Estonia has been populated by the native Finno-Ugric Estonians since prehistory. They were organised into economically self-sufficient clans with few differences in wealth or social power. By the early Middle Ages most Estonians were small landholders. Estonian government was decentralised, with local political and administrative subdivisions emerging only during the 13th century A.D, which was also the period of Estonia's Christianisation.
Although the Estonians' resistance to the Teutonic Knights lasted some twenty years, the lack of a centralised political organisation as well as inferior weaponry brought down the Estonians in 1227. The people were Christianised, colonised and reduced to serfdom. Despite attempts to restore independence, Estonia was divided among three domains, and small states were formed. The 14th century in Estonian history was a period of tension between local landlords. It was marked chiefly by the struggle between the Livonian branch of the Teutonic Order and the bishops for lands and spheres of influence. Despite successful Russian raids and invasions in the 15th century, the local German barons continued to rule Estonia and preserved Estonia's commitment to the Lutheran Church.
In the 16th century, while northern and western Estonia was submitted to Swedish control during the Livonian Wars, southern Estonia was incorporated into the Polish-Lithuanian Union. The name of Livonia, formerly denoting all of present-day Estonia and Latvia, was now applied to Polish-controlled South Estonia and Latvia; while `Estonia' began to denote the Swedish controlled areas of North and West Estonia. This division of Estonian lands would last until 1917. Until the early 20th century, the term `Estonia' designated the northern part of present-day Estonia. Under Swedish rule, Estonia was united for the first time in history within its present borders by a central authority. In Estonian oral tradition this period is called `the good old Swedish time'.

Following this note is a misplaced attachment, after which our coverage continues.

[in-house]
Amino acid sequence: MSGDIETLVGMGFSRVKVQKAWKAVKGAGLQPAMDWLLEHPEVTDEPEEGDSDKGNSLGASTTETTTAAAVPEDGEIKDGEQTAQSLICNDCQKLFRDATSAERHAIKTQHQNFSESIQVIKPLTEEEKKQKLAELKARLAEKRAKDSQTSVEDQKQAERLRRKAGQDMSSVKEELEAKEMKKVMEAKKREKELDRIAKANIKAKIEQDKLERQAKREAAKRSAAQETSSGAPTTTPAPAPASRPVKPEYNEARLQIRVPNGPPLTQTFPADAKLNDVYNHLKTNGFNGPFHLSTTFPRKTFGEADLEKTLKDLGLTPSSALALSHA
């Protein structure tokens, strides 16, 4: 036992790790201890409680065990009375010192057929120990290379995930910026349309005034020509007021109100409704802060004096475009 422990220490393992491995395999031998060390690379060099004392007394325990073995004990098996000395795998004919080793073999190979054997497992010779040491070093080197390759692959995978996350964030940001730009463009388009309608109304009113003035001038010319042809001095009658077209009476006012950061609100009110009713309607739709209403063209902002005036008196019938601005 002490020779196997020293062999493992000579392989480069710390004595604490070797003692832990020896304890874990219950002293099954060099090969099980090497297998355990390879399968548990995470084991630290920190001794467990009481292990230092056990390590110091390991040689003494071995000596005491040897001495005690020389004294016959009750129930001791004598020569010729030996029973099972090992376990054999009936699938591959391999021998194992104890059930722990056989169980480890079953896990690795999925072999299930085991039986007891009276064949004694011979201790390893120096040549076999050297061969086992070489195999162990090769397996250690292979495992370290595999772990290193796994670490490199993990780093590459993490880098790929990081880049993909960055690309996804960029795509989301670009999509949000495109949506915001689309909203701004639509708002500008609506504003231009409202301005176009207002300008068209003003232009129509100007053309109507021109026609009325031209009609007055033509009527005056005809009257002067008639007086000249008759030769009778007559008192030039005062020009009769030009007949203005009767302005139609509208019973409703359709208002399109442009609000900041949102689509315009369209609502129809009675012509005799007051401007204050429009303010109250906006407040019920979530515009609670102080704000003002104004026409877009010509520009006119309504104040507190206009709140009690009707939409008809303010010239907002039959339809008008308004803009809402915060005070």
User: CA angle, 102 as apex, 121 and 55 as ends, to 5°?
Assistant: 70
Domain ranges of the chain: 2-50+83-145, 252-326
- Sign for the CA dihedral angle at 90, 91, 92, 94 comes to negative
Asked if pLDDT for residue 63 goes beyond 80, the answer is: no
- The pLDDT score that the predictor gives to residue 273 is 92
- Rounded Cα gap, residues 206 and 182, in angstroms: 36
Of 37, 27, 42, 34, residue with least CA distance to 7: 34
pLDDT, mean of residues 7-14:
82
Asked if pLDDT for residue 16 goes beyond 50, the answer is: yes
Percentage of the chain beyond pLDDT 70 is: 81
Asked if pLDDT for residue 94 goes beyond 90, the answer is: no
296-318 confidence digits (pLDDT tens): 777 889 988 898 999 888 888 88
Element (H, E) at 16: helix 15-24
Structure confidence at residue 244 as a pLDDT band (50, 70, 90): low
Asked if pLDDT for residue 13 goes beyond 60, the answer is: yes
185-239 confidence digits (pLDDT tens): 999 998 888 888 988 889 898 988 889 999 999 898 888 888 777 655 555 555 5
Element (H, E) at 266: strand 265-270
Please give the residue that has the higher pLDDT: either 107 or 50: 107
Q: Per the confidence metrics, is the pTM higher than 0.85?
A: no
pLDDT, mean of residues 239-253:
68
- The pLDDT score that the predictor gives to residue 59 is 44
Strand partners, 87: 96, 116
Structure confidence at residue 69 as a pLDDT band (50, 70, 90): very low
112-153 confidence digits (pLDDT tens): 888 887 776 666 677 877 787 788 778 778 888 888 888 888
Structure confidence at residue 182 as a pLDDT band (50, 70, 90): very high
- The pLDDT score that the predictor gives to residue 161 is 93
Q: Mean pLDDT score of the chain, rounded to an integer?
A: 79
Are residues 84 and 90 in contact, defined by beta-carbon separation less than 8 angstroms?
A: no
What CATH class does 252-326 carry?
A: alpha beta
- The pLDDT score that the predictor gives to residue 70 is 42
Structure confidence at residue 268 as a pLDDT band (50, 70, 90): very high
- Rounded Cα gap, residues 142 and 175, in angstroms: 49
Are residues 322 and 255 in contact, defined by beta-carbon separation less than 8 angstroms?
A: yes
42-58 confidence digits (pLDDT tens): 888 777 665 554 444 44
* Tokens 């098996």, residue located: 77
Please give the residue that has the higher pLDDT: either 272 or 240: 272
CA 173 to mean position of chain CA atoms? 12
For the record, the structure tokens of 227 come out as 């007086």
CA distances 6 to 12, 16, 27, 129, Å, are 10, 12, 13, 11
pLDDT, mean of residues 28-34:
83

After Sweden's defeat by Russia in the Great Northern War at the beginning of the 18th century Russian rule was imposed in what was to become modern Estonia. Nonetheless, the legal system, Lutheran church, local and town governments and education remained mostly German until the late 19th century, and partially until the beginning of the 20th century. The attempts to russify Estonians were far from successful. Centuries-old German cultural tradition withstood the russification period. 90 percent of the population was Estonian.
Estonia remained an essentially agrarian country. Germans and Russians dominated the intellectual, political and economic elite of society while the lower ranks, peasants and workers, remained predominantly Estonian. Thus like the Latvians, the Estonians had to engage in a political campaign on two fronts. The first was against the German monopoly of political, social and economic power. In this, they were aided by the process of russification, which undermined the power of the Ritterschaften. At the same time they did not wish to replace the German grip by tsarism, which represented the second political front.
Estonia's first modern period of sovereignty began in 1920. Estonia underwent a number of economic, social and political reforms. Yet the establishment of the independent state did not result in an improved standard of living, but rather in discontent against political parties, parliamentarianism and democracy as such. This favoured the emergence of an authoritarian regime that lasted from 1934 to 1939. In 1940, Estonia was annexed by the USSR. After the German occupation (1941-1944), the Soviet Army again occupied Estonian territory. The severe process of sovietisation significantly reduced the share of ethnic Estonians in the total population of the Estonian Soviet Socialist Republic. In 1970 ethnic Estonians accounted for 57 percent of the population, in comparison with a pre-war figure of over 75 percent. Concern about the threat posed by cultural russification to the Estonian language and national identity reached a critical point in the 1970s.
In the mid-1980s Estonia seized the opportunity of the more tolerant political atmosphere inaugurated by the new Soviet policies of perestroika and glasnost.
In May 1990, the name of the Republic of Estonia was restored, and in September 1991 Estonia's independence was recognised by the Soviet Union.
In 1994 the last Russian armed forces withdrew from the country.